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July 22 2024


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Surak's Soul

By Jacqueline Bundy
Posted at March 7, 2003 - 10:45 AM GMT

Title: Enterprise: Surak's Soul
Author: J.M. Dillard
Publication Date: March 2003
Format: Paperback
ISBN: 0-7434-6280-7

It has been a very long time since author Jeanne M. Dillard has written an original Star Trek novel. Her work the last few years has primarily been episode and movie novelizations, most recently the novelization of Nemesis. With the Enterprise novel Surak's Soul, she has fashioned a pleasant enough story but regrettably, while the novel is very readable, it is not particularly original, complex or lengthy.

When the Enterprise responds to a distress signal they find a civilization on the brink of extinction, the entire population dead or dying from a mysterious illness. T'Pol, forced to kill the last remaining survivor in order to save Hoshi, undergoes an identity crisis. She cannot help fearing that her time on board the Enterprise is leading her to forsake the teachings of Surak and his philosophy of non-violence.

While the Enterprise remains to investigate the mysterious disease, they learn more about the planet's inhabitants, the Oani, a society whose reverence for life has sadly led to their own demise. Offered assistance by a mysterious alien entity, an energy being they call the Wanderer, the Enterprise and its crew soon begin to exhibit the same symptoms as the Oanis. Did they bring the illness back on board despite their precautions, or is there a more sinister plan afoot?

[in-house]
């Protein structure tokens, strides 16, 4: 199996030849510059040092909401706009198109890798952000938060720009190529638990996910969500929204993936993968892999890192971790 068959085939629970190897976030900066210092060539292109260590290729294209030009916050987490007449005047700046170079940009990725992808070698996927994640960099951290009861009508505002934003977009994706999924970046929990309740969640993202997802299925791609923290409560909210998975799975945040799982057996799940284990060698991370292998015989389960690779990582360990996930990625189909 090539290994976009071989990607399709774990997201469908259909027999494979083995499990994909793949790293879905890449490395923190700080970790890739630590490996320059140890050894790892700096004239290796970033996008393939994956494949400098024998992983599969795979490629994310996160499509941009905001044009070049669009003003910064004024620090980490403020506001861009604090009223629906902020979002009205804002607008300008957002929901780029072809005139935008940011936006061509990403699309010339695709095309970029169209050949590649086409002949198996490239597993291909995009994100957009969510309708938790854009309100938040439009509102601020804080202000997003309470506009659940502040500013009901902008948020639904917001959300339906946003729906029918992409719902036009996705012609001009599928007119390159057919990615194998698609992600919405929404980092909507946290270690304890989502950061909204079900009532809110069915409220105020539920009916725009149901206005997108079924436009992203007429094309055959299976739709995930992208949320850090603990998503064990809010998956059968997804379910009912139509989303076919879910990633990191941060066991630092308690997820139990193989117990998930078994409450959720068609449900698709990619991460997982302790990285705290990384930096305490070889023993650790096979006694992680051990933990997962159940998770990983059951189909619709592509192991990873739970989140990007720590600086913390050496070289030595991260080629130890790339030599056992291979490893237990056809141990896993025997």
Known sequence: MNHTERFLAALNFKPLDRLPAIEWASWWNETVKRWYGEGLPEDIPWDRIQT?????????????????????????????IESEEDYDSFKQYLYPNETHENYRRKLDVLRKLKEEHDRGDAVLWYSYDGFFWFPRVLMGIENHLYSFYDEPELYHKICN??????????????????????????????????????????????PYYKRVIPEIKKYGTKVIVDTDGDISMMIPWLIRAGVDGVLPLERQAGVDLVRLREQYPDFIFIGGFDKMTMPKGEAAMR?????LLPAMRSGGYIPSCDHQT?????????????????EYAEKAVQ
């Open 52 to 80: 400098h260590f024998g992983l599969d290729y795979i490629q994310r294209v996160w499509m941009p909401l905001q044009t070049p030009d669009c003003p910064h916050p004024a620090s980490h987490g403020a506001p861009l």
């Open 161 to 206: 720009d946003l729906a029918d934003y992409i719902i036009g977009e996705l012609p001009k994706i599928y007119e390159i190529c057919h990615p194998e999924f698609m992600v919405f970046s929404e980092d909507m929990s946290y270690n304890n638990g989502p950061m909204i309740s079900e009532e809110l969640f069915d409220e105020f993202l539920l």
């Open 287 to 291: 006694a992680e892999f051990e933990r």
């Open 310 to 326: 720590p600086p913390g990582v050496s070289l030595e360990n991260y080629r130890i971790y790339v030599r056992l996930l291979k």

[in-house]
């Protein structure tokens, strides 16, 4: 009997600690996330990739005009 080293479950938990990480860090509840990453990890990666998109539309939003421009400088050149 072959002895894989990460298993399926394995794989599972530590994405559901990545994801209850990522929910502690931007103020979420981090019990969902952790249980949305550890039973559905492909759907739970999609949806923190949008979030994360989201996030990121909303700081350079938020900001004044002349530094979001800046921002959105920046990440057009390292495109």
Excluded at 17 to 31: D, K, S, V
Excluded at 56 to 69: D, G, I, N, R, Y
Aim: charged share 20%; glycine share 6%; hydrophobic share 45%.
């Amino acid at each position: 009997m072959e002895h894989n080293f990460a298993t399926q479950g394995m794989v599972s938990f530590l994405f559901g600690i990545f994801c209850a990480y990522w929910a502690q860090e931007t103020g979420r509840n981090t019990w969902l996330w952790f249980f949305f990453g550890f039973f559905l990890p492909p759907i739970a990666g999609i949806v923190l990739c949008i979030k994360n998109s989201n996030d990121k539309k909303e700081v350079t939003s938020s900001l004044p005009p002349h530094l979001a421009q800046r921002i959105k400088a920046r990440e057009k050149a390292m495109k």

The most enjoyable aspect of Surak's Soul for this reader was the character of Ensign Hoshi Sato and her study of the Oani medical logs. I was able to get caught up somewhat in Hoshi's investigation as the last days of the Oani are played out through those log entries. Despite the predictability of how that portion of the storyline played out, I found myself still able to sympathize with the Oani.

Surak's Soul moves at a good pace and I really enjoyed Ms. Dillard's characterization and attention to the small details. Unfortunately that is not enough to overcome the periods of tedium the story generates. Despite the dire circumstances the crew finds themselves in, the story fails to generate a sense of urgency or real danger.

T'Pol's philosophical soul searching, the issue of when violence is or is not justified, is the major theme of the novel. Unfortunately, in the case of Surak's Soul, ethical contemplation is not enough to sustain the story on its own.

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Jacqueline Bundy reviews Star Trek books for the Trek Nation, writes monthly columns for the TrekWeb newsletter and the Star Trek Galactic News, and hosts the Yahoo Star Trek Books Group weekly chat.

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